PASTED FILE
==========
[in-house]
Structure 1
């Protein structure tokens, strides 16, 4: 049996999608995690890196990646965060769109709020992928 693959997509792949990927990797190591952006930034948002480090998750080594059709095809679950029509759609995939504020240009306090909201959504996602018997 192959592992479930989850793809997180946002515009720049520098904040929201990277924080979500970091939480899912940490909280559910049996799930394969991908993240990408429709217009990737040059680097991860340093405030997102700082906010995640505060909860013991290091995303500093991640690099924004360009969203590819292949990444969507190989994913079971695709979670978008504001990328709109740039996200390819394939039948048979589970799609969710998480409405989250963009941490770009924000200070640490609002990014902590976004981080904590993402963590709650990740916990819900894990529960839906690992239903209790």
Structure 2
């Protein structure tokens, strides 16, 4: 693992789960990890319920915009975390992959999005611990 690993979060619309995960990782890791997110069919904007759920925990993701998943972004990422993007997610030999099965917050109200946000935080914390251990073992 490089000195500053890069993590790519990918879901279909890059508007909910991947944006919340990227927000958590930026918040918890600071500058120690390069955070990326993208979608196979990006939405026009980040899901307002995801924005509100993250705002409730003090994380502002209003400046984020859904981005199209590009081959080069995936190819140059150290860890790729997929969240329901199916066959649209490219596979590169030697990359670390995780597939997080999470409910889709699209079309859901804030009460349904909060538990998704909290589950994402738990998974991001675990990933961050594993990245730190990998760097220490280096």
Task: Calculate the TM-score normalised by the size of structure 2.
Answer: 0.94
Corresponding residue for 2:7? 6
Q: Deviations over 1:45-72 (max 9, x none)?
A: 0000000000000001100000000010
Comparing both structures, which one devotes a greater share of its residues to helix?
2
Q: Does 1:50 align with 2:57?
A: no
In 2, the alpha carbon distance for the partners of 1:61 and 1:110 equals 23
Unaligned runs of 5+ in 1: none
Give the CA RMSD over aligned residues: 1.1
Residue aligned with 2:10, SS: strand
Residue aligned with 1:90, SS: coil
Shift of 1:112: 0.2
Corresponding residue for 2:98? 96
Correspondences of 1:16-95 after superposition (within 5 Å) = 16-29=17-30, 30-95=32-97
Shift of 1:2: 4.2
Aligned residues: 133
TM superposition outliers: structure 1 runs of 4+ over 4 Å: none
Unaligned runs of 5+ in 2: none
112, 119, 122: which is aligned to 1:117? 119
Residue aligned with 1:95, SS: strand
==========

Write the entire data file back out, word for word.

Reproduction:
[in-house]
Structure 1
């Protein structure tokens, strides 16, 4: 049996999608995690890196990646965060769109709020992928 693959997509792949990927990797190591952006930034948002480090998750080594059709095809679950029509759609995939504020240009306090909201959504996602018997 192959592992479930989850793809997180946002515009720049520098904040929201990277924080979500970091939480899912940490909280559910049996799930394969991908993240990408429709217009990737040059680097991860340093405030997102700082906010995640505060909860013991290091995303500093991640690099924004360009969203590819292949990444969507190989994913079971695709979670978008504001990328709109740039996200390819394939039948048979589970799609969710998480409405989250963009941490770009924000200070640490609002990014902590976004981080904590993402963590709650990740916990819900894990529960839906690992239903209790």
Structure 2
């Protein structure tokens, strides 16, 4: 693992789960990890319920915009975390992959999005611990 690993979060619309995960990782890791997110069919904007759920925990993701998943972004990422993007997610030999099965917050109200946000935080914390251990073992 490089000195500053890069993590790519990918879901279909890059508007909910991947944006919340990227927000958590930026918040918890600071500058120690390069955070990326993208979608196979990006939405026009980040899901307002995801924005509100993250705002409730003090994380502002209003400046984020859904981005199209590009081959080069995936190819140059150290860890790729997929969240329901199916066959649209490219596979590169030697990359670390995780597939997080999470409910889709699209079309859901804030009460349904909060538990998704909290589950994402738990998974991001675990990933961050594993990245730190990998760097220490280096």
Task: Calculate the TM-score normalised by the size of structure 2.
Answer: 0.94
Corresponding residue for 2:7? 6
Q: Deviations over 1:45-72 (max 9, x none)?
A: 0000000000000001100000000010
Comparing both structures, which one devotes a greater share of its residues to helix?
2
Q: Does 1:50 align with 2:57?
A: no
In 2, the alpha carbon distance for the partners of 1:61 and 1:110 equals 23
Unaligned runs of 5+ in 1: none
Give the CA RMSD over aligned residues: 1.1
Residue aligned with 2:10, SS: strand
Residue aligned with 1:90, SS: coil
Shift of 1:112: 0.2
Corresponding residue for 2:98? 96
Correspondences of 1:16-95 after superposition (within 5 Å) = 16-29=17-30, 30-95=32-97
Shift of 1:2: 4.2
Aligned residues: 133
TM superposition outliers: structure 1 runs of 4+ over 4 Å: none
Unaligned runs of 5+ in 2: none
112, 119, 122: which is aligned to 1:117? 119
Residue aligned with 1:95, SS: strand